Friday, July 17, 2015


Catullus 17.1-4

John Chadwick (1920-1998), Lexicographica Graeca: Contributions to the lexicography of Ancient Greek (Oxford: Clarendon Press, 1996; rpt. 2003), pp. 24-25 (discussing "the lexicographic equivalent of Occam's razor: sensus non sunt multiplicandi praeter necessitatem"):
But at this point I should like to record an experience that I had more than forty years ago, when I was working on the Oxford Latin Dictionary.

It fell to me to prepare the first draft of the article on ineptus, a fairly straightforward word applied to persons or their actions and roughly corresponding to English foolish. However, there was one passage which did not fit this meaning, the famous poem of Catullus (17) which begins:
O colonia quae cupis ponte ludere longo
et salire paratum habes sed uereris inepta
crura ponticuli axulis stantis in rediuiuis
ne supinus eat ...
The omission of any punctuation is deliberate. Inepta is interpreted by virtually all dictionaries and commentaries as meaning badly fitted together, which is the expected 'etymological' sense; as the Thesaurus Linguae Latinae puts it, 'i.q. male aptus.' But here my principle came into effect; why are there no other examples of this meaning? Could it have any other sense here? The answer is that so long as inepta is associated with crura in the next line, this must be the meaning. However, I observed that there was an idiom in which ineptus was closely associated with a verb and in agreement with its subject, to describe the folly of the action indicated by the verb. A good example, although rather later in date, is from Persius, who states that freedom is not conferred by the wand waved by the lictor in the ceremony of manumission:
hic hic quod quaerimus, hic est,
non in festuca, lictor quam iactat ineptus.
                                                 Pers. 5.175.
This does not mean 'in the wand waved by the fool of a lictor', but 'in the wand which the lictor, fool that he is, waves'. There are other examples of this idiom. Once this is appreciated, we can see that it will fit very neatly in Catullus too; inepta is not accusative plural neuter, but nominative singular feminine agreeing with colonia. Thus it means 'you are afraid, fool that you are, of the supports of the bridge'. I was very pleased with this discovery, and wrote it up in a note which I intended to send for publication to one of the periodicals. But before doing so, I took the precaution of showing it to a few Latinists of my acquaintance, and was shocked to find that they all rejected it out of hand. They had been reading Catullus for years, and they knew that he used the word in this out-of-date sense. I, as a young and unknown lexicographer, could not possibly know better than the distinguished line of commentators who had long ago decided the correct interpretation.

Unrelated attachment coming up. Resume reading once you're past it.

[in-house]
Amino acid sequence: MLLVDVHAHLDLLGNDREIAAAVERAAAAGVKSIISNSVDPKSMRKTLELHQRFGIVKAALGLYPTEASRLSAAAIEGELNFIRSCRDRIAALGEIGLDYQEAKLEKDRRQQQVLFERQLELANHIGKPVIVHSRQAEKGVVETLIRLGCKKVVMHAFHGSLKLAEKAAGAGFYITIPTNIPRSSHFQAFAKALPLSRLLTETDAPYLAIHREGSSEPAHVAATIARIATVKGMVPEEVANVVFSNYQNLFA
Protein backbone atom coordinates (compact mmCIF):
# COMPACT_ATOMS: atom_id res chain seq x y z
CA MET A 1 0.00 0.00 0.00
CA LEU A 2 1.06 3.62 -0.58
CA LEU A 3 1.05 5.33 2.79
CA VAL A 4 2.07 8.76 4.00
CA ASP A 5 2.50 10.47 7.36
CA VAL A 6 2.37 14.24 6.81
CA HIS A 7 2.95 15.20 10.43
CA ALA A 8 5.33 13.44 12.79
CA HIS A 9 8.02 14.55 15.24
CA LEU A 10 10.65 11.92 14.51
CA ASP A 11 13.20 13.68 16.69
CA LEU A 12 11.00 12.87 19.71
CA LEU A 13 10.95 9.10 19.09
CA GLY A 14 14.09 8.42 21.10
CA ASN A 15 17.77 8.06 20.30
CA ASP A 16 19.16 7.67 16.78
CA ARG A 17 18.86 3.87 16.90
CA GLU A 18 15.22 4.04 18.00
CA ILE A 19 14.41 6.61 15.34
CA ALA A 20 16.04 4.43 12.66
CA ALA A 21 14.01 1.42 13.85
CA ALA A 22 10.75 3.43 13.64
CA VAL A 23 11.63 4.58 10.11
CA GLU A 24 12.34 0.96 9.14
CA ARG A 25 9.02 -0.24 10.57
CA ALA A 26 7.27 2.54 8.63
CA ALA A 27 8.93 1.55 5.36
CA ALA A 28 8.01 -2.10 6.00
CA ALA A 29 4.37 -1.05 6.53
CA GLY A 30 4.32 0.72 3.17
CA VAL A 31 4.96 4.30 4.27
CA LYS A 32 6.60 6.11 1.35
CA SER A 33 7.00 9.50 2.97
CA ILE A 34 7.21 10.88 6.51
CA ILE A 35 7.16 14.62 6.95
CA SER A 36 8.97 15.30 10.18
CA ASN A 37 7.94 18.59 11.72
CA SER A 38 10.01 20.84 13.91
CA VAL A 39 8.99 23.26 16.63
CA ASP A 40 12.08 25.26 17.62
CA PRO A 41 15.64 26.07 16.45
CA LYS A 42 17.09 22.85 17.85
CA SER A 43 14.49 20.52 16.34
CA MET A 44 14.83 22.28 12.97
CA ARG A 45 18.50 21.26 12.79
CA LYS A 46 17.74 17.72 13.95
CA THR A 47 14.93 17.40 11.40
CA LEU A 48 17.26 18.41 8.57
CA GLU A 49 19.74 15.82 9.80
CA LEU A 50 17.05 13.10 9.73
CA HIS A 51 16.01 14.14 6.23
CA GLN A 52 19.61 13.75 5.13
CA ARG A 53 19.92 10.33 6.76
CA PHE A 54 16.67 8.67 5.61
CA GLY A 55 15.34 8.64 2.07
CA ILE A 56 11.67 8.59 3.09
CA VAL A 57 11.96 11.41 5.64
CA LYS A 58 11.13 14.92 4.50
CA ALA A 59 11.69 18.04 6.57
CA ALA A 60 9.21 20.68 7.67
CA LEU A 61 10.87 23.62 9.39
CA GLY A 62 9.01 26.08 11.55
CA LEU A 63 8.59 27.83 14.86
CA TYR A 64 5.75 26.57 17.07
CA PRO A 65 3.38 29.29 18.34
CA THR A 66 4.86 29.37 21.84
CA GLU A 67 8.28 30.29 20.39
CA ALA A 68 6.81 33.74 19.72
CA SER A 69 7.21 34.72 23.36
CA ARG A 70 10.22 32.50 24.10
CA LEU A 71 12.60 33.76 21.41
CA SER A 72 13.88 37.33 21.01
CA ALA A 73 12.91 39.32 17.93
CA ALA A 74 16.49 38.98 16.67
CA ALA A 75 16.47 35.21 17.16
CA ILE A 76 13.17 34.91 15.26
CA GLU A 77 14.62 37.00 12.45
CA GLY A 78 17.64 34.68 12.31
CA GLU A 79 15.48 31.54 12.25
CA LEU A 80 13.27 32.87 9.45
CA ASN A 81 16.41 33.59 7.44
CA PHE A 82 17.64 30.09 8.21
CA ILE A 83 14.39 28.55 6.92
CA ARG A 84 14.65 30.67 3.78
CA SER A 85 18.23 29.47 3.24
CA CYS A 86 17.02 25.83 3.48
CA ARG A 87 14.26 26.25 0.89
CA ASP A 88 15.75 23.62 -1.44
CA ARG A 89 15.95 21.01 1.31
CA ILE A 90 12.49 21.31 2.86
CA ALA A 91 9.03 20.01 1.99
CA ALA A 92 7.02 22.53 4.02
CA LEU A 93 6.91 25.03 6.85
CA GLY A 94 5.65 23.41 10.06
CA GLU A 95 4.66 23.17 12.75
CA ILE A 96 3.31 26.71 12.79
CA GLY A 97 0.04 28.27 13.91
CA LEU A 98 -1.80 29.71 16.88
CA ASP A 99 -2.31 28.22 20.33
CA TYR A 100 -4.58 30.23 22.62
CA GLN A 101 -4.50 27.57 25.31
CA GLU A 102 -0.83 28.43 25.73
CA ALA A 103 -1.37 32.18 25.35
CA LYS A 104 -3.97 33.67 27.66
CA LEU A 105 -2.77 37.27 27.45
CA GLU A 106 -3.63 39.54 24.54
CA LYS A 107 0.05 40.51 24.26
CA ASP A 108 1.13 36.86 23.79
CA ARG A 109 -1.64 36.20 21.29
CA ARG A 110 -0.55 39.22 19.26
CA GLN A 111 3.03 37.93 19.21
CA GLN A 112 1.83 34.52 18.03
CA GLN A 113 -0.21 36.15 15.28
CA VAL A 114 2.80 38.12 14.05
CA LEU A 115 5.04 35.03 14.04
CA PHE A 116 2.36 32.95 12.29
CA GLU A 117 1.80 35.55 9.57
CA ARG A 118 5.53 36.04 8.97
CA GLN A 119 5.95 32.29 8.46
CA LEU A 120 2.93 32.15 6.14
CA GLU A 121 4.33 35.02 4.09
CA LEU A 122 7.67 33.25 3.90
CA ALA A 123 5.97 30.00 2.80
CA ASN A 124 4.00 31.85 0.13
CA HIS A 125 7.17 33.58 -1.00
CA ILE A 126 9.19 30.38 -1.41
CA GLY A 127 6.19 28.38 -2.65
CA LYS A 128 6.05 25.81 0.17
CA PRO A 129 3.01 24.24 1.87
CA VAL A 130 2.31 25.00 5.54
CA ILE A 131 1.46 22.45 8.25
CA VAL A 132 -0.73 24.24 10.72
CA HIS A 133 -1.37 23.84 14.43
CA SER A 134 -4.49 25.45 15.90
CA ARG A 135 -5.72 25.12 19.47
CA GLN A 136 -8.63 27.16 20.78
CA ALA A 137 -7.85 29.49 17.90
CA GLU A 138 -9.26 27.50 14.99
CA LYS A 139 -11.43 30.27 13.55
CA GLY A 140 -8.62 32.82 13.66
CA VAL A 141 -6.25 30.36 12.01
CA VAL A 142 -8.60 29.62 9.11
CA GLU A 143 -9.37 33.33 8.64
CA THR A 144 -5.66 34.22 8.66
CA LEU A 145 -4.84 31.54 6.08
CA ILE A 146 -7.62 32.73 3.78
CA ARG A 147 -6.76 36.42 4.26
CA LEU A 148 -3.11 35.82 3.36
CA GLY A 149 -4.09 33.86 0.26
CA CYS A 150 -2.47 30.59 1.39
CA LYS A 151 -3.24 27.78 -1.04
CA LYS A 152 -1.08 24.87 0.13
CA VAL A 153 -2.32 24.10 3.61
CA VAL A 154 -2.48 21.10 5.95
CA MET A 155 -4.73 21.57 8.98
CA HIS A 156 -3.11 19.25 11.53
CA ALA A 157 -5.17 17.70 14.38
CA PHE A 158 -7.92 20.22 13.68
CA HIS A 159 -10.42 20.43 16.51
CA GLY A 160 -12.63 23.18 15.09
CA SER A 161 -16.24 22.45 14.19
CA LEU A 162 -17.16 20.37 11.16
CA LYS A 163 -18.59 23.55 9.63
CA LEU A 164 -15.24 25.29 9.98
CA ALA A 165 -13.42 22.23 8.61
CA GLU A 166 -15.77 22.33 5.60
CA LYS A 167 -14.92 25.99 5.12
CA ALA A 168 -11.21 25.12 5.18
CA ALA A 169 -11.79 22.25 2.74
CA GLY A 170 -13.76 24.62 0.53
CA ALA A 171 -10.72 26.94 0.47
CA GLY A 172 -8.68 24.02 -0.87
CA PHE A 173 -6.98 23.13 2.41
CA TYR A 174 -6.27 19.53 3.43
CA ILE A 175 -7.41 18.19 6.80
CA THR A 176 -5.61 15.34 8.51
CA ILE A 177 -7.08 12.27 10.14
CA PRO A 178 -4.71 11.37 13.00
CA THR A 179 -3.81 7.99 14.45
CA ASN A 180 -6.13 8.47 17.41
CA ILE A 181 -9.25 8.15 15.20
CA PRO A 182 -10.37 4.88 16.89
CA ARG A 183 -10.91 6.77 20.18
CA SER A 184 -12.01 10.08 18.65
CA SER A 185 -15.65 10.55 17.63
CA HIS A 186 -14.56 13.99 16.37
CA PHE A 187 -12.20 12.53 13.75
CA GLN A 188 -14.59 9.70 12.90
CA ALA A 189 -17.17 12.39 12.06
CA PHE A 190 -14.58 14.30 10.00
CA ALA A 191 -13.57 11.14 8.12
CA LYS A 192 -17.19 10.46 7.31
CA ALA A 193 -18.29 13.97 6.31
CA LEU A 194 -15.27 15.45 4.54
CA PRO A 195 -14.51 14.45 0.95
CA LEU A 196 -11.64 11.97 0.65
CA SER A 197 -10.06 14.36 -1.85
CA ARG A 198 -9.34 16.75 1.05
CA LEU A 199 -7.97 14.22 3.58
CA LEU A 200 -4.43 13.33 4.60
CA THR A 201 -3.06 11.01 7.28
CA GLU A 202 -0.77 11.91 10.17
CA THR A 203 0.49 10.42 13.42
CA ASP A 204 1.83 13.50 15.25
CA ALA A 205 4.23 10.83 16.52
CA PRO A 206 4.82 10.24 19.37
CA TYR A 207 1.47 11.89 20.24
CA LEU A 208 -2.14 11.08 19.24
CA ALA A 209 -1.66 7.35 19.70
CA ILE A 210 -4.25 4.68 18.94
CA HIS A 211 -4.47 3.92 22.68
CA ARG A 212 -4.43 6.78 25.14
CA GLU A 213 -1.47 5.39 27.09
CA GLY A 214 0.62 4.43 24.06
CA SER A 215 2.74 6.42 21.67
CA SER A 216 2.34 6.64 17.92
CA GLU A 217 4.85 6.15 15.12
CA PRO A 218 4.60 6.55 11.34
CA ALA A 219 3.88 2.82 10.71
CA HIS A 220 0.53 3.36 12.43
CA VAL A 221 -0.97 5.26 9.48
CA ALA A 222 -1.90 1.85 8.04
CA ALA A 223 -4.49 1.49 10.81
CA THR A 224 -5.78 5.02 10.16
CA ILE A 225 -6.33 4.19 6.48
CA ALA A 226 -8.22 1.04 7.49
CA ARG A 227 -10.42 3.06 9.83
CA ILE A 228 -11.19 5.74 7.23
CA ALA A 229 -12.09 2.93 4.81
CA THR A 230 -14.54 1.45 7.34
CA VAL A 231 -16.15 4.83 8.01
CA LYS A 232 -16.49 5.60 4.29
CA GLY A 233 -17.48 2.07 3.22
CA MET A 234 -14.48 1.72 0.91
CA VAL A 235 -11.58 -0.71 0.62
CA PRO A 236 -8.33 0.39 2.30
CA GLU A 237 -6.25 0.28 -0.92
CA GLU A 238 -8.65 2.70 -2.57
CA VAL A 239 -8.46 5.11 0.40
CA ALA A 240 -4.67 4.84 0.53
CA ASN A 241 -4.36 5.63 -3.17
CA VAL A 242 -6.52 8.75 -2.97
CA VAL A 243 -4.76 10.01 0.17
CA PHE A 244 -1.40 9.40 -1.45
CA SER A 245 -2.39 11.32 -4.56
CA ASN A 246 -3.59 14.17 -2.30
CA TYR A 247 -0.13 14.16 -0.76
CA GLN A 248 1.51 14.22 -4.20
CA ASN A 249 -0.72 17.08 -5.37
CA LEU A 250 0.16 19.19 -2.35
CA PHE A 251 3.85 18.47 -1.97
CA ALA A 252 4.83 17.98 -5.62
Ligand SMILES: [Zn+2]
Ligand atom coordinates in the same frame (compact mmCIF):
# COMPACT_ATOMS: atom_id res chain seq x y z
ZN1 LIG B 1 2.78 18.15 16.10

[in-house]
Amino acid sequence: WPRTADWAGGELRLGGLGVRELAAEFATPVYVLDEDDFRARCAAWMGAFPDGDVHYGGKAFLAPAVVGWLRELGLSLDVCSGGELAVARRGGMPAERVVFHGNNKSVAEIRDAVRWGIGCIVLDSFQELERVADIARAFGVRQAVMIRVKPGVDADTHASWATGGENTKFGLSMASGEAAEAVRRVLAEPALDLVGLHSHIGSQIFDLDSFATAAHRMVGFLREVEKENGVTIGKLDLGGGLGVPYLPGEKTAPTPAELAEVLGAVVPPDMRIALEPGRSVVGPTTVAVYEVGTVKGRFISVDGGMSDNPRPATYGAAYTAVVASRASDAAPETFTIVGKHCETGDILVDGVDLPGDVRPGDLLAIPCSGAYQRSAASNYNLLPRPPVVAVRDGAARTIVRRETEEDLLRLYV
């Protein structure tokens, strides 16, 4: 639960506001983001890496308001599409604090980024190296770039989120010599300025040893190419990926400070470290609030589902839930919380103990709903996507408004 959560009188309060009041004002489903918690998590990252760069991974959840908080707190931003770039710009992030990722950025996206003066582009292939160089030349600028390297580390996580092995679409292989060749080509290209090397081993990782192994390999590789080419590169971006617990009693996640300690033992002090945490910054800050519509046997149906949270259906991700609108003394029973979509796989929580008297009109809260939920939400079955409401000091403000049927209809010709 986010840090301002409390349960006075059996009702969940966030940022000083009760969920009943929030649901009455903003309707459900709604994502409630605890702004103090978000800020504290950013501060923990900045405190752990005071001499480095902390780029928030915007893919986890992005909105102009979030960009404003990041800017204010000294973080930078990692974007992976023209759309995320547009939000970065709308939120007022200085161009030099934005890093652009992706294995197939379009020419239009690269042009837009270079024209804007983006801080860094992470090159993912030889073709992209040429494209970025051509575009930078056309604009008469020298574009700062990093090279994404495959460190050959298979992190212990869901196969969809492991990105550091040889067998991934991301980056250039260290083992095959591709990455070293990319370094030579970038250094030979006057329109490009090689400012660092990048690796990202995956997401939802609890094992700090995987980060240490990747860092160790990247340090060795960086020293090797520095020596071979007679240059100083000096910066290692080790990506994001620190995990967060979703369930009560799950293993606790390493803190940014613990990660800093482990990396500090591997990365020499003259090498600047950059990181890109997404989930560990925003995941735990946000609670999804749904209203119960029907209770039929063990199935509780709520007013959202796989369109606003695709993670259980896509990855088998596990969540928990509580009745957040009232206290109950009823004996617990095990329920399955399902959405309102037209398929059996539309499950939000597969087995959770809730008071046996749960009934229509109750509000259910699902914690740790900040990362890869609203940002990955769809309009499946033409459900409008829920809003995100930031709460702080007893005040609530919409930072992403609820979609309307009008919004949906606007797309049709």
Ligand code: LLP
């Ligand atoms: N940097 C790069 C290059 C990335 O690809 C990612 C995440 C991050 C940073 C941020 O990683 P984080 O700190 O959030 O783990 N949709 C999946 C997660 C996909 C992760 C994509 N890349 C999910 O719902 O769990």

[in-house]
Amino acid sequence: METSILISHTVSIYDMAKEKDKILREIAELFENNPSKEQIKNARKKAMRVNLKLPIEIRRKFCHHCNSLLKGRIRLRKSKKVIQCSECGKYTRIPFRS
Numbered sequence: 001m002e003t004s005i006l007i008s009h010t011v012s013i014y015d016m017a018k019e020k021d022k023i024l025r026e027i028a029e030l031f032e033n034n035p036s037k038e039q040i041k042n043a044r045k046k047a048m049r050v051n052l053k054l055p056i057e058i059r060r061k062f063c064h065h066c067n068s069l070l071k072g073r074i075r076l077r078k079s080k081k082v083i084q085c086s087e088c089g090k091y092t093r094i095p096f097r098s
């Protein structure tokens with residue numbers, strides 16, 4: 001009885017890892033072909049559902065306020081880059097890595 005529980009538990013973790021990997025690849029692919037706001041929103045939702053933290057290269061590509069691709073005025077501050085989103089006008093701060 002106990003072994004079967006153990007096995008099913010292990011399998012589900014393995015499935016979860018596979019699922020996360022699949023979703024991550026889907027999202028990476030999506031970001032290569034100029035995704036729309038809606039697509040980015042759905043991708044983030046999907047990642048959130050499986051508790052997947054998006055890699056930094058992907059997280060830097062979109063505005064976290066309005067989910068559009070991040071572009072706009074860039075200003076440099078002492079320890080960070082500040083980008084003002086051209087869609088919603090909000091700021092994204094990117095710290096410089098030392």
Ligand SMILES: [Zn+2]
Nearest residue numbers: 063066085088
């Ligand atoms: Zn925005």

Oxford Latin Dictionary, s.v. ineptus, sense 2:
(app. after the primary meaning of aptus) Not well joined, loose.
o Colonia quae cupis ponte ludere longo..sed uereris ~a crura ponticuli axulis stantis in rediuiuis CATUL. 17.2.
C.J. Fordyce (1901-1974), Catullus: A Commentary (Oxford: Oxford University Press, 1961; rpt. 1990), p. 141 (on 17.2):
inepta: 'ill-fitting', the opposite of aptus in its literal sense of 'well-fitted' (in which it is opposed to solutus, 'loose', in Cic. Orat. 228); the word is not so used elsewhere.

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